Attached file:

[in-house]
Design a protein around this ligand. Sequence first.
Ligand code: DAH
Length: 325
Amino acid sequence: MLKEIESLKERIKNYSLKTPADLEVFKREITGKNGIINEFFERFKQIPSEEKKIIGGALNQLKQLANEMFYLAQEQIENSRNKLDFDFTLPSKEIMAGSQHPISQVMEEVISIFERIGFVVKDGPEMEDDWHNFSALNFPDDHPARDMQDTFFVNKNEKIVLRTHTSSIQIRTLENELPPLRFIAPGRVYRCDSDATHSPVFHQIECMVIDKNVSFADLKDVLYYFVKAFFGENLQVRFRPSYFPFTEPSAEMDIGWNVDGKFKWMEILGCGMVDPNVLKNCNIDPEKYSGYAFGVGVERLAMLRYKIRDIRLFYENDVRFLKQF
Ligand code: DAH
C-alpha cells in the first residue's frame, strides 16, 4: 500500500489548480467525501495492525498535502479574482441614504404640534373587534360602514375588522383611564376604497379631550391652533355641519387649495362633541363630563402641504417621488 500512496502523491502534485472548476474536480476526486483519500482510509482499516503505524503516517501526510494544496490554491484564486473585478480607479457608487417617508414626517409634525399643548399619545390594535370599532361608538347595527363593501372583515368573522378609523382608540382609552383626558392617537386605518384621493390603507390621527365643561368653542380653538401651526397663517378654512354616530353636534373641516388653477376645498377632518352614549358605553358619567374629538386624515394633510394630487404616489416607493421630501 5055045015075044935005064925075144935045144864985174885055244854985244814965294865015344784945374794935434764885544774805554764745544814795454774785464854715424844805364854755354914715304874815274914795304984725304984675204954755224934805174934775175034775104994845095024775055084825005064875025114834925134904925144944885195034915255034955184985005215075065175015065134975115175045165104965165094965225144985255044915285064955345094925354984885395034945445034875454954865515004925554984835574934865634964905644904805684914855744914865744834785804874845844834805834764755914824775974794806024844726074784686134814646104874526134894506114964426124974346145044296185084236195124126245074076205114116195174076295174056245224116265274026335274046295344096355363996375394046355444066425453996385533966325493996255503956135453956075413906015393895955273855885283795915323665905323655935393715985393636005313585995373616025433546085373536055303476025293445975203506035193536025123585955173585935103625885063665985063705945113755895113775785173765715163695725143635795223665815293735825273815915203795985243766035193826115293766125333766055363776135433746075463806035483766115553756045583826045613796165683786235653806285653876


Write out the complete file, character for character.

[in-house]
Design a protein around this ligand. Sequence first.
Ligand code: DAH
Length: 325
Amino acid sequence: MLKEIESLKERIKNYSLKTPADLEVFKREITGKNGIINEFFERFKQIPSEEKKIIGGALNQLKQLANEMFYLAQEQIENSRNKLDFDFTLPSKEIMAGSQHPISQVMEEVISIFERIGFVVKDGPEMEDDWHNFSALNFPDDHPARDMQDTFFVNKNEKIVLRTHTSSIQIRTLENELPPLRFIAPGRVYRCDSDATHSPVFHQIECMVIDKNVSFADLKDVLYYFVKAFFGENLQVRFRPSYFPFTEPSAEMDIGWNVDGKFKWMEILGCGMVDPNVLKNCNIDPEKYSGYAFGVGVERLAMLRYKIRDIRLFYENDVRFLKQF
Ligand code: DAH
C-alpha cells in the first residue's frame, strides 16, 4: 500500500489548480467525501495492525498535502479574482441614504404640534373587534360602514375588522383611564376604497379631550391652533355641519387649495362633541363630563402641504417621488 500512496502523491502534485472548476474536480476526486483519500482510509482499516503505524503516517501526510494544496490554491484564486473585478480607479457608487417617508414626517409634525399643548399619545390594535370599532361608538347595527363593501372583515368573522378609523382608540382609552383626558392617537386605518384621493390603507390621527365643561368653542380653538401651526397663517378654512354616530353636534373641516388653477376645498377632518352614549358605553358619567374629538386624515394633510394630487404616489416607493421630501 5055045015075044935005064925075144935045144864985174885055244854985244814965294865015344784945374794935434764885544774805554764745544814795454774785464854715424844805364854755354914715304874815274914795304984725304984675204954755224934805174934775175034775104994845095024775055084825005064875025114834925134904925144944885195034915255034955184985005215075065175015065134975115175045165104965165094965225144985255044915285064955345094925354984885395034945445034875454954865515004925554984835574934865634964905644904805684914855744914865744834785804874845844834805834764755914824775974794806024844726074784686134814646104874526134894506114964426124974346145044296185084236195124126245074076205114116195174076295174056245224116265274026335274046295344096355363996375394046355444066425453996385533966325493996255503956135453956075413906015393895955273855885283795915323665905323655935393715985393636005313585995373616025433546085373536055303476025293445975203506035193536025123585955173585935103625885063665985063705945113755895113775785173765715163695725143635795223665815293735825273815915203795985243766035193826115293766125333766055363776135433746075463806035483766115553756045583826045613796165683786235653806285653876